by Sanford LevinsonI note the important development that in the UK seven junior ministers have resigned in protest over Tony Blair's refusal to indicate a date certain (and fairly soon) by which he will step down. Blair's resignation, whether voluntary or forced, would not force new elections or a transfer of power to the Tories. Rather, a leader viewed, rightly or wrongly, as widely discredited (as was Margaret Thatcher in 1990), simply leaves office, to be succeeded by a fellow party member (as Thatcher was succeeded by John Major, who won the next election).
It goes without saying that such a sensible transfer of power is impossible in the United States, the reason being our Constitution, which operates under a rigidly fixed-term presidency that invites occupants of the White House to view themselves as functional equivalents of pre-Revolutionary French officials, many of whom had a property right to their office. We can, of course, get rid of criminal presidents, but not, apparently, of merely grossly incompetent ones. This, I believe, is a profound weakness of our Constitution. Even if the reservation of impeachment to "high crimes and misdemeanors" made sense in 1787, it makes no sense today, when the office of the presidency is more important than any Framer could conceivably have fathomed. (In retrospect, the vigorous defenders of President Clinton in 1998 might have served him well, but ultimately, I think, disserved the country by reinforcing the sense of entitlement of a president to the office.)
My own preference would be for a procedure by which 2/3 of Congress, voting together and not bicamerally, could declare "no confidence" in the president and therefore force a replacement. If the no confidence is based on personal indiscretions (think of Bill Clinton), then it would be no problem to have the vice president succeed to office. If, on the other hand, the "no conidence" is based more on policies, then succession by the vice president would be pointless (or, as in the present situation, worse), and it would be desirable either to force new elections (in which the discredited president, unlike the victim of a California recall, could run and make his or her case to the people), or, as in the UK, have the political party from which the president comes choose a successor.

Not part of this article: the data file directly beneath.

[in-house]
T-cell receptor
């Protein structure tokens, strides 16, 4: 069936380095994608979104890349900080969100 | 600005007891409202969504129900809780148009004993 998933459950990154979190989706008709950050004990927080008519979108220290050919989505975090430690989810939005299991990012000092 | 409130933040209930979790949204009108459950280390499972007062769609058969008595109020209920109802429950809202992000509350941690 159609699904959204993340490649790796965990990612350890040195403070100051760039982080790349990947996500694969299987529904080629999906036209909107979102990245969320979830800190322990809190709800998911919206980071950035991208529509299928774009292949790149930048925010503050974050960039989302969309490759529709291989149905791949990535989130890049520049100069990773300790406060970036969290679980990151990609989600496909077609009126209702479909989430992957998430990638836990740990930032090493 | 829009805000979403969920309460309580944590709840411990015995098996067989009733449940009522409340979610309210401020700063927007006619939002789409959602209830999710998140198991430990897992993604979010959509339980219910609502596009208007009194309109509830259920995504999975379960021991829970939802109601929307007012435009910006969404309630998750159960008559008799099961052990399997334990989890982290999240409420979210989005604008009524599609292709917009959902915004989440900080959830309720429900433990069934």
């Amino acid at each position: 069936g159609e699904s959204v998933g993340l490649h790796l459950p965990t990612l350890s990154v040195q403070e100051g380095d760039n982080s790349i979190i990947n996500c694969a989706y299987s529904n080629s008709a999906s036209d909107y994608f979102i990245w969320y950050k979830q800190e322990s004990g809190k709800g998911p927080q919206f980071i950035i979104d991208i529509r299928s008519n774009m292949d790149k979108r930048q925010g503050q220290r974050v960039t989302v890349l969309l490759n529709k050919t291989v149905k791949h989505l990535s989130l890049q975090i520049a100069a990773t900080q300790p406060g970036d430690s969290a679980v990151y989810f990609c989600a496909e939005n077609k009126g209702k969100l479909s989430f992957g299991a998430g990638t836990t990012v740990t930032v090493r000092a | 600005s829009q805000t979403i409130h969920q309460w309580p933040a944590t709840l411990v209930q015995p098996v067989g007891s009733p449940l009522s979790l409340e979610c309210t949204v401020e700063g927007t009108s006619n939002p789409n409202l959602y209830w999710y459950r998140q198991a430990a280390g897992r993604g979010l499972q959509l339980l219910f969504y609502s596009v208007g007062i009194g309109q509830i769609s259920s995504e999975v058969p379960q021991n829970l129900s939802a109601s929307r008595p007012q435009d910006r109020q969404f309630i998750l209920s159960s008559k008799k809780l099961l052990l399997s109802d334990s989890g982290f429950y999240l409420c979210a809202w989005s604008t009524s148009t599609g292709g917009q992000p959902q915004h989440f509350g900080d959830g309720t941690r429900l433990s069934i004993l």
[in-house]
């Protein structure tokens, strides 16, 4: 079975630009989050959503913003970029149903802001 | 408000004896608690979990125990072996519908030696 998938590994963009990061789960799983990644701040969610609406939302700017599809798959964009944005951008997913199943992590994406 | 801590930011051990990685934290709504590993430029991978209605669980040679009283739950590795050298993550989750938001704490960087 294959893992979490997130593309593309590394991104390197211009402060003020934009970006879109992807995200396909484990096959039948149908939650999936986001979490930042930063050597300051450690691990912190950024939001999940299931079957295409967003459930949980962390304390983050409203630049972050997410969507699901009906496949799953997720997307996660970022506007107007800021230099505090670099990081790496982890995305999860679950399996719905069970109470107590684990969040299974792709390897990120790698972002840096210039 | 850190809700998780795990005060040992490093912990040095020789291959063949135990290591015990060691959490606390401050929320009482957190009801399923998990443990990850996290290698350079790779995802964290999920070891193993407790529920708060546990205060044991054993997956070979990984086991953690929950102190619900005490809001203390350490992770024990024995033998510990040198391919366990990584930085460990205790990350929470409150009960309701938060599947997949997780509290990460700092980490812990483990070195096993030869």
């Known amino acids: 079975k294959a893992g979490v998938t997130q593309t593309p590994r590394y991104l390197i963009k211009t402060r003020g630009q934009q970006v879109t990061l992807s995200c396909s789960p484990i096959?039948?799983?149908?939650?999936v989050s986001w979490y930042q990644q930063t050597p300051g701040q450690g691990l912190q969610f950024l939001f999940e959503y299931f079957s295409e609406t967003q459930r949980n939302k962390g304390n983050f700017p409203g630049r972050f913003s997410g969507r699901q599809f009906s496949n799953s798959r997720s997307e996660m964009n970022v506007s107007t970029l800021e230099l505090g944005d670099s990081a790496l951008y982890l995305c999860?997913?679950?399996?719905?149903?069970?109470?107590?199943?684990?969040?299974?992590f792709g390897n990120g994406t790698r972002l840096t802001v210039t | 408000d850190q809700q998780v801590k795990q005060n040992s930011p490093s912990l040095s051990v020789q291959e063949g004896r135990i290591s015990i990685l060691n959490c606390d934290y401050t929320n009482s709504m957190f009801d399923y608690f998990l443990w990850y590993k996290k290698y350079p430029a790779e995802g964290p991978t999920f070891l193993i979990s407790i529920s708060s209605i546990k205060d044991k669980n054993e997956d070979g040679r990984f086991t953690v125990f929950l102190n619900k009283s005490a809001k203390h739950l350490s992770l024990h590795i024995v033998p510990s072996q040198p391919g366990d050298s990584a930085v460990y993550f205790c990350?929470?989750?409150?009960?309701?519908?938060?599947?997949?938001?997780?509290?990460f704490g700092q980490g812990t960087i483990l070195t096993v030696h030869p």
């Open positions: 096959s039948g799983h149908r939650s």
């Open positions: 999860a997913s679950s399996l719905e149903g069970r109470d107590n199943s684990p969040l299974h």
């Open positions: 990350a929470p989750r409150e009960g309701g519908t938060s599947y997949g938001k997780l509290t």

In any event, it is long past time to confront the ways in which the Constitution operates to meance American democracy as well as to enable it. We do not, in this country, have a "culture of resignation" similar to the British practice. But perhaps that is because a resigning official believes that something might actually eventuate from the gesture. In this country, we have a quite different "culture of resignation," which is to resign oneself to the fact that nothing can be done even if we are governed by blithering and mendacious incompetents, at least until January 20, 2009, when, one hopes, we will finally be rid of George W. Bush.